Comprehensive Coverage: Comprehensive coverage will cover non-accident-related damage to your vehicle. If a tree falls onto your vehicle and damages your bumper, for example, then you would make a comprehensive coverage claim to get it covered by car insurance. Or, if you hit a deer or other animal while driving, then your comprehensive coverage will cover the repair bill. Comprehensive coverage is optional in every state.

Uninsured or Underinsured Motorist Coverage: If you are a victim of a hit-and-run, or if you are hit by an uninsured or underinsured driver, then your uninsured or underinsured motorist coverage will cover the damage. If another driver hits your car’s bumper in a parking lot and flees the scene, for example, then your bumper damage may be covered by your own uninsured motorist coverage. This coverage is optional in most states but required in some.

At-Fault Versus Not-At-Fault

Whether or not your bumper damage is covered depends largely on who is at-fault for the accident.

If you are at-fault for the accident, then your liability coverage will cover damage to the other person’s vehicle (including the other person’s bumper). Meanwhile, you can make a claim for your own damage repairs through your own collision coverage (assuming you have collision coverage).

If you are not at-fault for the accident, then the other driver’s liability coverage will cover the cost of repairing your vehicle – including any damage to your bumper. If the other driver is unknown, fled the scene, or has no insurance, then you can make a claim for damage repairs through your uninsured/underinsured motorist coverage.

Do I Have to Pay a Deductible for Bumper Damage Repairs?

Bumper damage repairs may be relatively cheap. If your deductible is, say, $1,000 and your bumper damage is $1,200, then you may not want to make a claim.

You will not have to pay a deductible when making a claim through the other driver’s insurance company. If the other driver was at-fault for the accident, for example, then you will not have to pay a deductible.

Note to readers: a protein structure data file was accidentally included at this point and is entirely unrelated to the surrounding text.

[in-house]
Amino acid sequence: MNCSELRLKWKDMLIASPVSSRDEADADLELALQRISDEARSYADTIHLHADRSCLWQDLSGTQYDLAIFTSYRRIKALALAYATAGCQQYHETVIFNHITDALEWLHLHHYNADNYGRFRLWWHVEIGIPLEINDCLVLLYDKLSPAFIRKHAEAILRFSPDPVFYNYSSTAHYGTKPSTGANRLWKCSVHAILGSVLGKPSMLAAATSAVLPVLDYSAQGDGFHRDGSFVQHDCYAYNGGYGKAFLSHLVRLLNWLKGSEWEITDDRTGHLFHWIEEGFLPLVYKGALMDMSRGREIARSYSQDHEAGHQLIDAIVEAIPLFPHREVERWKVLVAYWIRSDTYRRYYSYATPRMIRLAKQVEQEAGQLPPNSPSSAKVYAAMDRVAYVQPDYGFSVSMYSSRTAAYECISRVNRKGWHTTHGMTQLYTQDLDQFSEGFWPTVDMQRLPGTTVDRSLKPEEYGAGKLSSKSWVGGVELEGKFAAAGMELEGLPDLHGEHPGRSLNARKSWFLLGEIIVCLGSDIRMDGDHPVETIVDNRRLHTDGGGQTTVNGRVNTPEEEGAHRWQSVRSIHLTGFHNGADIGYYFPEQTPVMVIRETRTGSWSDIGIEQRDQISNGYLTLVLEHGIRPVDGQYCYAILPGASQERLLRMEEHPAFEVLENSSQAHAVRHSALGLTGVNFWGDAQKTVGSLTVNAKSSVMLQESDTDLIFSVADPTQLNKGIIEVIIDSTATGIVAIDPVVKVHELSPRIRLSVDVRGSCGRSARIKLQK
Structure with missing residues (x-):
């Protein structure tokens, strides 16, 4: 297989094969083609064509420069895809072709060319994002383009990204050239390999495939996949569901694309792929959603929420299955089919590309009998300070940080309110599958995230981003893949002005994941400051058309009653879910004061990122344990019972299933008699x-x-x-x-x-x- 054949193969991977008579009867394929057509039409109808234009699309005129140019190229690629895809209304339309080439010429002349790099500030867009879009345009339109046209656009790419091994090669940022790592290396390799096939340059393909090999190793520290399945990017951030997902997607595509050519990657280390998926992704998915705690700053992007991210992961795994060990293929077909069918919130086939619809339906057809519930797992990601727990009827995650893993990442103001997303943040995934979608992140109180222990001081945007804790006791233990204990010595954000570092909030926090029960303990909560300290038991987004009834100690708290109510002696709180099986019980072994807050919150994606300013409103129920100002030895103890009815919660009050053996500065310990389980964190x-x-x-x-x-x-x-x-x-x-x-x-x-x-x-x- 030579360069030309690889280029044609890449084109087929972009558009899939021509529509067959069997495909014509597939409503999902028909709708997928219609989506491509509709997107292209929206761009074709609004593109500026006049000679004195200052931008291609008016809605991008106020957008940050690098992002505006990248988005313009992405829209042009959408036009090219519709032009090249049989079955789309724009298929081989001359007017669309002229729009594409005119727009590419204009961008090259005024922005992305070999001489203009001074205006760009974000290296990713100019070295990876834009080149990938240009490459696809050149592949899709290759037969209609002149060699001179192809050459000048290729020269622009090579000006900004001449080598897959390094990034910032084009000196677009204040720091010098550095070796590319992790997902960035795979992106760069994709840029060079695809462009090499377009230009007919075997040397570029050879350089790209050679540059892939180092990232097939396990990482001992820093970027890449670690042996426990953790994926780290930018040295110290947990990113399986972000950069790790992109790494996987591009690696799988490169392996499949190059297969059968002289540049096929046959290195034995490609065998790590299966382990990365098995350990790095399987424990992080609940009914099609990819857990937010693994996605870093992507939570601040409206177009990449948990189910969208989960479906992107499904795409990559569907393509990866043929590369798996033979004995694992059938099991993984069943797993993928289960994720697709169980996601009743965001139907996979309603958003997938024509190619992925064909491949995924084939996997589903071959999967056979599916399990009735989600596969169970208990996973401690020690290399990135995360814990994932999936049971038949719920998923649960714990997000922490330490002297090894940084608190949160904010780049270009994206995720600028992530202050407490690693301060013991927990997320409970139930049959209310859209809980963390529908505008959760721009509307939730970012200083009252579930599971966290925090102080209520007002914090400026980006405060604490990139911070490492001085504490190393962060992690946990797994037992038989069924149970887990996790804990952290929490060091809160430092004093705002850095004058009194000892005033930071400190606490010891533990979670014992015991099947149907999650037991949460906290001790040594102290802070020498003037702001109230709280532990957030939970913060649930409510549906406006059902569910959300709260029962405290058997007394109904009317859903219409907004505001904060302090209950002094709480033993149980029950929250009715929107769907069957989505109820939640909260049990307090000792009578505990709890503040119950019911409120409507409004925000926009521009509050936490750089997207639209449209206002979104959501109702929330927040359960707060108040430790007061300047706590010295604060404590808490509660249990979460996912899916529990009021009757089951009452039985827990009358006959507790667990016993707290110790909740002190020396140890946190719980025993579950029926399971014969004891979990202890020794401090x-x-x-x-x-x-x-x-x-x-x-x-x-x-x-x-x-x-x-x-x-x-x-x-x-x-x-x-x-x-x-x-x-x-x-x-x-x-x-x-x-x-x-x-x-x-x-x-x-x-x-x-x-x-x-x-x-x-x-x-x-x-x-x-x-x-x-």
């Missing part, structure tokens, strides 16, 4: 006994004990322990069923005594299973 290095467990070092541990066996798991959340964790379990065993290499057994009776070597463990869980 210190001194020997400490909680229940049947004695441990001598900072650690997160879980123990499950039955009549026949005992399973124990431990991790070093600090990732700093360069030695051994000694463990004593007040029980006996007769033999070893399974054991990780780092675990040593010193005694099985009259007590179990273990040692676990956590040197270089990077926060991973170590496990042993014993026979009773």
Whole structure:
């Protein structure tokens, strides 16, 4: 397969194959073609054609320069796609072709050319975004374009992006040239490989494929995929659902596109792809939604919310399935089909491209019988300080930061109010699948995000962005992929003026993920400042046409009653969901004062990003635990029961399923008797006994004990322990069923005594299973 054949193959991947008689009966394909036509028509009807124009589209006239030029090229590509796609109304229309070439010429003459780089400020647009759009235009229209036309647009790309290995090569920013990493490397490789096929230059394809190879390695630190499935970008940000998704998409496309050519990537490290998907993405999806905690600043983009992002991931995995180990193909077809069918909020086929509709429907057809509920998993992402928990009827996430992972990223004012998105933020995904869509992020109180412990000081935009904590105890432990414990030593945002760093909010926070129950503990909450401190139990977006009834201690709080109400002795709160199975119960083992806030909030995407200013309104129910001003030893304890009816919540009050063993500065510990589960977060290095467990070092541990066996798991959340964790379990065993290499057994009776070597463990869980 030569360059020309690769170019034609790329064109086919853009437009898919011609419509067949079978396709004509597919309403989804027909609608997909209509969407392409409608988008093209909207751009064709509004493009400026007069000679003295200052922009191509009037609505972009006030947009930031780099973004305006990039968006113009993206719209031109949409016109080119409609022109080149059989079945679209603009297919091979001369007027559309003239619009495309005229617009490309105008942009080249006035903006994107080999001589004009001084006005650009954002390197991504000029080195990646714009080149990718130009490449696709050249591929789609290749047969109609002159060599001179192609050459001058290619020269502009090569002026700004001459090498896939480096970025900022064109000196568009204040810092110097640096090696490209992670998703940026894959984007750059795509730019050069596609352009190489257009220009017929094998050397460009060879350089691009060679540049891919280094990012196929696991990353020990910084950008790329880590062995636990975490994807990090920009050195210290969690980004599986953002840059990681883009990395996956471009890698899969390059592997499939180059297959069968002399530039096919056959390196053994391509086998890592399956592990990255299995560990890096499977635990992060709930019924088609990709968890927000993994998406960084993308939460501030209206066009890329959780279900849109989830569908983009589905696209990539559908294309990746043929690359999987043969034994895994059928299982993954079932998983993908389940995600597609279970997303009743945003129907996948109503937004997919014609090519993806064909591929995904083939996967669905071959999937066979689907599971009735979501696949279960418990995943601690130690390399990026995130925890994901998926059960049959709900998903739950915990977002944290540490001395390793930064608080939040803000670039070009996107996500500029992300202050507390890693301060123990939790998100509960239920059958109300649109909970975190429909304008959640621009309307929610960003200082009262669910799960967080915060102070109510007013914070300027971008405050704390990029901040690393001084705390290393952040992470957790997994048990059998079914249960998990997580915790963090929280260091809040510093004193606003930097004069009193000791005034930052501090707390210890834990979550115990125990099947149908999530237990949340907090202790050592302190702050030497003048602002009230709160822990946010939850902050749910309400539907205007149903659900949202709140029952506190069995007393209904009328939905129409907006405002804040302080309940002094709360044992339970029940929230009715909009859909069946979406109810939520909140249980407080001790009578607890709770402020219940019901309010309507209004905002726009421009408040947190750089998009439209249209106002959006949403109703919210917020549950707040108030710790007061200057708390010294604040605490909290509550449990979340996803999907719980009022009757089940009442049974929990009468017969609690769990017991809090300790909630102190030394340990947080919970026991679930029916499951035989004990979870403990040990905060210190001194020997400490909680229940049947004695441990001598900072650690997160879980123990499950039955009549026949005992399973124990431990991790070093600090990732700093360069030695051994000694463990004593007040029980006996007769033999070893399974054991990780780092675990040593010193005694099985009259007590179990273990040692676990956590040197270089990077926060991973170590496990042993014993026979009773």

Meanwhile, if you were at-fault for the accident, or if you are making a claim under your collision coverage or comprehensive coverage, then you will have to pay your deductible.

Typically, comprehensive coverage claims have lower deductibles. Comprehensive coverage claims will also not raise future insurance premiums. Collision coverage claims, meanwhile, tend to have higher deductibles, and collision claims will raise future insurance premiums.

Final Word

Bumper damage is covered by car insurance just like any other type of damage.

Contact your insurance company to initiate your bumper damage claim. Your car insurance company can also help you decide if making the bumper damage claim is worth it – or if it’s better to pay for repairs out of pocket.

James Shaffer
James Shaffer James Shaffer is a writer for and a well-seasoned auto insurance industry veteran. He has a deep knowledge of insurance rules and regulations and is passionate about helping drivers save money on auto insurance. He is responsible for researching and writing about anything auto insurance-related. He holds a bachelor's degree from Bentley University and his work has been quoted by NBC News, CNN, and The Washington Post.